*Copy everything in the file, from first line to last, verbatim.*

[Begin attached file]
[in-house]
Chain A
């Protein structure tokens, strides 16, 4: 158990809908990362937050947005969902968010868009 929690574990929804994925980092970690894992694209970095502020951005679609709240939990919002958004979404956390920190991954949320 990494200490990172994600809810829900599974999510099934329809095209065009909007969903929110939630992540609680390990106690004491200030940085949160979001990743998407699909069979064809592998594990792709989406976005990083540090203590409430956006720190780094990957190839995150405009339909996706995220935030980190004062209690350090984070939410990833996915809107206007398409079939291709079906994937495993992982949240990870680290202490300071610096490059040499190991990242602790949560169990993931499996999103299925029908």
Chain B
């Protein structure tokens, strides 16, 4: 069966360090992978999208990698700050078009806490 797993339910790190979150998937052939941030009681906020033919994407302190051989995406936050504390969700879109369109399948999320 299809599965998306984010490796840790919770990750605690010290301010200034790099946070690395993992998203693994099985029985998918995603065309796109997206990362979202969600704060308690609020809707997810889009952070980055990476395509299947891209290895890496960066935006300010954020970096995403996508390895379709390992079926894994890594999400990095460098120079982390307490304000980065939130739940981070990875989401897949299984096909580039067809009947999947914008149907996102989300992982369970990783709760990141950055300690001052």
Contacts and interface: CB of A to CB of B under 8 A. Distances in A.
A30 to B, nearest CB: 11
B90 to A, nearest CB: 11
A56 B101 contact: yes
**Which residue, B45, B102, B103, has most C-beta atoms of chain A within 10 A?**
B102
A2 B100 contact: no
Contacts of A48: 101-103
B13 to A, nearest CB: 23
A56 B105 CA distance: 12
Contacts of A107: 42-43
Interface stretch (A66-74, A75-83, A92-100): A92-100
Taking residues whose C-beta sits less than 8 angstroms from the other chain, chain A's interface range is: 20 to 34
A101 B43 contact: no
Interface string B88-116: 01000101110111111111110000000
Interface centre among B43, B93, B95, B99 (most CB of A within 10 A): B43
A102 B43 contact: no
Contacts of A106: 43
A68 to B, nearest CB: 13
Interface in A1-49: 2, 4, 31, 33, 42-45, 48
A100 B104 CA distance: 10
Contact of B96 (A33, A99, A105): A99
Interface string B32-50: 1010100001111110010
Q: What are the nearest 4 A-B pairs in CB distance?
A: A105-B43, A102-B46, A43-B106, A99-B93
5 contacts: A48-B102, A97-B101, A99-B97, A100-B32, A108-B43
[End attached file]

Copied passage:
[in-house]
Chain A
């Protein structure tokens, strides 16, 4: 158990809908990362937050947005969902968010868009 929690574990929804994925980092970690894992694209970095502020951005679609709240939990919002958004979404956390920190991954949320 990494200490990172994600809810829900599974999510099934329809095209065009909007969903929110939630992540609680390990106690004491200030940085949160979001990743998407699909069979064809592998594990792709989406976005990083540090203590409430956006720190780094990957190839995150405009339909996706995220935030980190004062209690350090984070939410990833996915809107206007398409079939291709079906994937495993992982949240990870680290202490300071610096490059040499190991990242602790949560169990993931499996999103299925029908």
Chain B
């Protein structure tokens, strides 16, 4: 069966360090992978999208990698700050078009806490 797993339910790190979150998937052939941030009681906020033919994407302190051989995406936050504390969700879109369109399948999320 299809599965998306984010490796840790919770990750605690010290301010200034790099946070690395993992998203693994099985029985998918995603065309796109997206990362979202969600704060308690609020809707997810889009952070980055990476395509299947891209290895890496960066935006300010954020970096995403996508390895379709390992079926894994890594999400990095460098120079982390307490304000980065939130739940981070990875989401897949299984096909580039067809009947999947914008149907996102989300992982369970990783709760990141950055300690001052």
Contacts and interface: CB of A to CB of B under 8 A. Distances in A.
A30 to B, nearest CB: 11
B90 to A, nearest CB: 11
A56 B101 contact: yes
**Which residue, B45, B102, B103, has most C-beta atoms of chain A within 10 A?**
B102
A2 B100 contact: no
Contacts of A48: 101-103
B13 to A, nearest CB: 23
A56 B105 CA distance: 12
Contacts of A107: 42-43
Interface stretch (A66-74, A75-83, A92-100): A92-100
Taking residues whose C-beta sits less than 8 angstroms from the other chain, chain A's interface range is: 20 to 34
A101 B43 contact: no
Interface string B88-116: 01000101110111111111110000000
Interface centre among B43, B93, B95, B99 (most CB of A within 10 A): B43
A102 B43 contact: no
Contacts of A106: 43
A68 to B, nearest CB: 13
Interface in A1-49: 2, 4, 31, 33, 42-45, 48
A100 B104 CA distance: 10
Contact of B96 (A33, A99, A105): A99
Interface string B32-50: 1010100001111110010
Q: What are the nearest 4 A-B pairs in CB distance?
A: A105-B43, A102-B46, A43-B106, A99-B93
5 contacts: A48-B102, A97-B101, A99-B97, A100-B32, A108-B43